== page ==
Rav Sha'ul writes to the early believers in Yeshua to remind them of the same process being worked out among themselves. He explains to the Corinthians congregation that, "I planted the seed, and Apollos watered it, but it was G-d who made it grow. So neither the planter nor the waterer is anything, only G-d who makes things grow" (1 Corinthians 3:6-7, CJB). To the Colossians, he emphasised "holding fast to the Head, from whom the whole body, nourished and knit together through its joints and ligaments, grows with a growth that is from G-d" (Colossians 2:19, CJB). We are all called to grow in Messiah, "until we all arrive at the unity implied by trusting and knowing the Son of G-d, at full manhood, at the standard of maturity set by the Messiah's perfection" (Ephesians 4:13, CJB), but we can't do this by ourselves. The rabbis seem to understand this too when they said: "And the Children of Israel were fruitful and increased abundantly - although Joseph and his brothers were dead, yet their G-d was not dead, but the Children of Israel were fruitful and increased abundantly" (Shemot Rabbah 1:8). It did not depend on the people, but on G-d. Although He was making a different point at the time, Yeshua alluded to this when He was challenged by the Sadducees about the resurrection: "Haven't you read what God said to you, 'I am the God of Avraham, the God of Yitz'chak and the God of Ya'akov'? He is God not of the dead but of the living!" (Matthew 22:31-32, CJB)

Lots of books have been published on the subject of "Church Growth", often advocating strategies and techniques imported from the business world, to attract and maintain large congregational numbers. Many of these ideas are excellent: keeping in touch with people at a personal level, delegated leadership models, small group meetings, mentoring structures, planned programs of teaching and discipleship, accountability and safeguarding. More ad-hoc churches that do not learn from or use some of these ideas often flounder and can seem disorganised or even dangerous. However, the risk is that the focus switches from the growth that G-d wants, promotes and brings, to growth that man organises and develops at a human level. Seeker-friendly services that are high on entertainment and technology but low on G-d may attract many people but do not challenge their lifestyles nor produce true growth for the kingdom of G-d. Where the gospel is diluted or absent, in favour of slick video clips and presentations that are thought to be less offensive, where mentions of sin and hell are toned down or omitted because "we'll get to that when people are ready to listen", where the grossly sinful lifestyles and habits go unchallenged because of political correctness, there may be numerical growth but the kingdom is not growing; in fact, to the contrary, the evidence shows that in such a situation, the kingdom retreats under such circumstances and the work eventually founders.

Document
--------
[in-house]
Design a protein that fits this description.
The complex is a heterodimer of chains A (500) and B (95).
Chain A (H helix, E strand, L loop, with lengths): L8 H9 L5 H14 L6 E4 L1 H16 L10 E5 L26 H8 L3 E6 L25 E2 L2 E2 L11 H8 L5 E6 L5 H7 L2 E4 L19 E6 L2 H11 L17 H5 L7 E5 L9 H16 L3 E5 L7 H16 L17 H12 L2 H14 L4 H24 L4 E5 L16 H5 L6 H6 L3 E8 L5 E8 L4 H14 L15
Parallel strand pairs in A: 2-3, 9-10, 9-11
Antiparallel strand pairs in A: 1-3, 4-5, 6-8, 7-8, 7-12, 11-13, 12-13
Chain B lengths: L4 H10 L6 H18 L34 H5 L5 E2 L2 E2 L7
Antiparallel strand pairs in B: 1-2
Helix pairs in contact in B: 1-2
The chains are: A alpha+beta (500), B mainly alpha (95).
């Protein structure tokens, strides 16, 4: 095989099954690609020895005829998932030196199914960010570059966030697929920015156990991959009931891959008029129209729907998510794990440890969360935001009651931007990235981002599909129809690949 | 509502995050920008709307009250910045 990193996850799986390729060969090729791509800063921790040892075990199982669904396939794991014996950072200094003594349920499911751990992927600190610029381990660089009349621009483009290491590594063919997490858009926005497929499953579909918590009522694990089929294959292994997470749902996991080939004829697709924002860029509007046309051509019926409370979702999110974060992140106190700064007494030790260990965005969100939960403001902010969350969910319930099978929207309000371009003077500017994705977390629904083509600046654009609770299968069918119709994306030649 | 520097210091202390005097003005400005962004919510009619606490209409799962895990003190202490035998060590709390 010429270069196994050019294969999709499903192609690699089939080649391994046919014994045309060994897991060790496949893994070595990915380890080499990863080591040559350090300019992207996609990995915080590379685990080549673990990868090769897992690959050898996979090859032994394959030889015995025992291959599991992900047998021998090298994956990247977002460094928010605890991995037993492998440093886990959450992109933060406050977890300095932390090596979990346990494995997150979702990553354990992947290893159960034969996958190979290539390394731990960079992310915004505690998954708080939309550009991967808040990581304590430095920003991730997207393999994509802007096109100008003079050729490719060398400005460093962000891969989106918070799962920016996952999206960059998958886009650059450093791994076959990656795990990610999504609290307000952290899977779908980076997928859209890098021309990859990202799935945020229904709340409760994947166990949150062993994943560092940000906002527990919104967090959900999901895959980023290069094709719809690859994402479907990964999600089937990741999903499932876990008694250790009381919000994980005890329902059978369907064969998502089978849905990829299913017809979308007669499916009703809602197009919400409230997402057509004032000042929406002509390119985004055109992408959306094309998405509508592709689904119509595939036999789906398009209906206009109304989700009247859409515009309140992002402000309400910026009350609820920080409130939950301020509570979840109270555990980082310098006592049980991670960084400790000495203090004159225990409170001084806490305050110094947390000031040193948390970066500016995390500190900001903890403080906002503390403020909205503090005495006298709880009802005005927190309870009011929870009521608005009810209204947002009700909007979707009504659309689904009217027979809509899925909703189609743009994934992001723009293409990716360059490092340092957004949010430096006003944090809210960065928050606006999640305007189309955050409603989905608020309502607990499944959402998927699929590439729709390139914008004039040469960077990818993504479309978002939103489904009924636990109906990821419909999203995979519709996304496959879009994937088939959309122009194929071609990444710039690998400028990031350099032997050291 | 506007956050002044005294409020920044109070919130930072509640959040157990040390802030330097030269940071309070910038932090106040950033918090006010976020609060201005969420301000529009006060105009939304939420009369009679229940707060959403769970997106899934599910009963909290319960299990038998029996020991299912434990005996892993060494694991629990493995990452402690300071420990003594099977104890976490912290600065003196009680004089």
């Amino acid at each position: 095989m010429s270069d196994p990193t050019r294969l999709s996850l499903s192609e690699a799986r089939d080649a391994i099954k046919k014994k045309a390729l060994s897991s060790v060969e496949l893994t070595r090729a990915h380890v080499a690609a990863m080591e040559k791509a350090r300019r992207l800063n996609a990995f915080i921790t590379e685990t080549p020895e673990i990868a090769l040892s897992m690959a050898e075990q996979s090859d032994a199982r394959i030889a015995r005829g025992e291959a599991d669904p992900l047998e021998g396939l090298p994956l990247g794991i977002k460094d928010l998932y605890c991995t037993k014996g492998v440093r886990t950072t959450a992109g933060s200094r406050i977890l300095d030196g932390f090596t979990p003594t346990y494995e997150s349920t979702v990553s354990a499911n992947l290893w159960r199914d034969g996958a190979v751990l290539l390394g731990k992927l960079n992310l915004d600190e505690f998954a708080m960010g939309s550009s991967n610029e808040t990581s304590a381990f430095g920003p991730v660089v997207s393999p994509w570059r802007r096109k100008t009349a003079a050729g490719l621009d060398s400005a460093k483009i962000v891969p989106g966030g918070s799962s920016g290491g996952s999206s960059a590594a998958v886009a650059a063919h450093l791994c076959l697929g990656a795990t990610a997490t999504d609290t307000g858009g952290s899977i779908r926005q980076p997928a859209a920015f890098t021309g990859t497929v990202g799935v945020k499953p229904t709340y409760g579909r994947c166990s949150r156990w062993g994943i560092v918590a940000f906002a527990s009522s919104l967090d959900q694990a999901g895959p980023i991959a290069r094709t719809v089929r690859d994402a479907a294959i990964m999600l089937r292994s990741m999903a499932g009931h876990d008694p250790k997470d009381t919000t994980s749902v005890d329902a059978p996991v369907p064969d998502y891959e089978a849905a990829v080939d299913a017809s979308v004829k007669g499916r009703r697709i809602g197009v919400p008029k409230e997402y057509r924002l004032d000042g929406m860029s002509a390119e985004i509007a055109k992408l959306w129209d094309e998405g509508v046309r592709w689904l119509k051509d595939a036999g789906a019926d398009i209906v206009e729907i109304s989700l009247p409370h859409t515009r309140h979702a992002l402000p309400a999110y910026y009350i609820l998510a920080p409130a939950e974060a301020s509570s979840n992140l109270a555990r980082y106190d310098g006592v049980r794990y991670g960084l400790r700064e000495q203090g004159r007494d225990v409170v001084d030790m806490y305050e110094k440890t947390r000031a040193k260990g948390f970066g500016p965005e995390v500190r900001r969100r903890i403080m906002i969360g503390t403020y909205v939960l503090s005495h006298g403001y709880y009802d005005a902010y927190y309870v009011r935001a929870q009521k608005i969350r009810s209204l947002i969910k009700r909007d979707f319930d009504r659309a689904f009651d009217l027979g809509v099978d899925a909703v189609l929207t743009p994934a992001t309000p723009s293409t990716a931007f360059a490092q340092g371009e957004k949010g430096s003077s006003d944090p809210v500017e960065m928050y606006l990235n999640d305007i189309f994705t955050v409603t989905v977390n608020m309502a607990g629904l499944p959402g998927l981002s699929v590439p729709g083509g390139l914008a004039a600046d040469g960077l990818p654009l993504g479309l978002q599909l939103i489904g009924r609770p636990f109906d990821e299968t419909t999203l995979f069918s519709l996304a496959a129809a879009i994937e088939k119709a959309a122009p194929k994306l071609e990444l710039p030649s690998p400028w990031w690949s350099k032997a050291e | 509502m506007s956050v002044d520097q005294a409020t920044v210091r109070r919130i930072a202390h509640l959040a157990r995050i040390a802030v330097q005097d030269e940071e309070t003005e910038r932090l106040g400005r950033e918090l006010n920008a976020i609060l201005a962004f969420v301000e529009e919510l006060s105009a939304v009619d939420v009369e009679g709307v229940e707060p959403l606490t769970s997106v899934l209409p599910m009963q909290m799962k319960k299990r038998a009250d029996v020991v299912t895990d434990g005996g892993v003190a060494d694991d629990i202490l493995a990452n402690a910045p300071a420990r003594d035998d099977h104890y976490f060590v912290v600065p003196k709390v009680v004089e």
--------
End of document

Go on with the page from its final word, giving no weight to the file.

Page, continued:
The Rule of 150 suggests that sustainable numeric growth - where the group manages to maintain meaningful relationships between all the members, a sense of cohesive purpose and a common identity - is limited to a number slightly under 150 individuals1. Numerical growth beyond that point requires ever more control, restrictions and enforcement, which in turn causes relationship breakdown, the development of cliques and fragmentation and, eventually, splits and shrinkage. Historical records of church and mission behaviour confirm this pattern.

In our own lives too, the same principle applies: it is G-d who causes growth, not us. It is no use preachers or leaders constantly urging their people to read their Bibles more, unless it is accompanied by times of prayer, getting to know G-d personally and putting theory into practice. Otherwise, all that happens is the raising of a generation of Bible theists, who believe and do exactly what the Bible says without knowing the G-d who wrote the Bible or having any relationship with Yeshua and the Ruach. These are works of legalism and not of grace; the same goes for attending prayer groups, cluster groups, home groups or any other group - unless both the purpose and the practice is to know G-d more and to interact with Him at a deeper and therefore intentional and change-full way, then the kingdom does not grow and we do not grow.

To see the explosive growth in the body of Messiah that the people of Israel saw in Egypt, we will have to return to kingdom principles and focus our attention clearly on G-d and what He wants to do. Management techniques may be useful and appropriate, but we must remember that it is G-d who gives the growth, not us.

1 - See Dunbar's Number, for example,'s_number

Further Study: Psalm 127:1; Psalm 33:16-18; 1 Chronicles 28:10

Application: So where is your growth and how is it happening? Are you trusting G-d or are you following the patterns of men? Why not ask the L-rd how He wants you to grow today?

© Jonathan Allen, 2010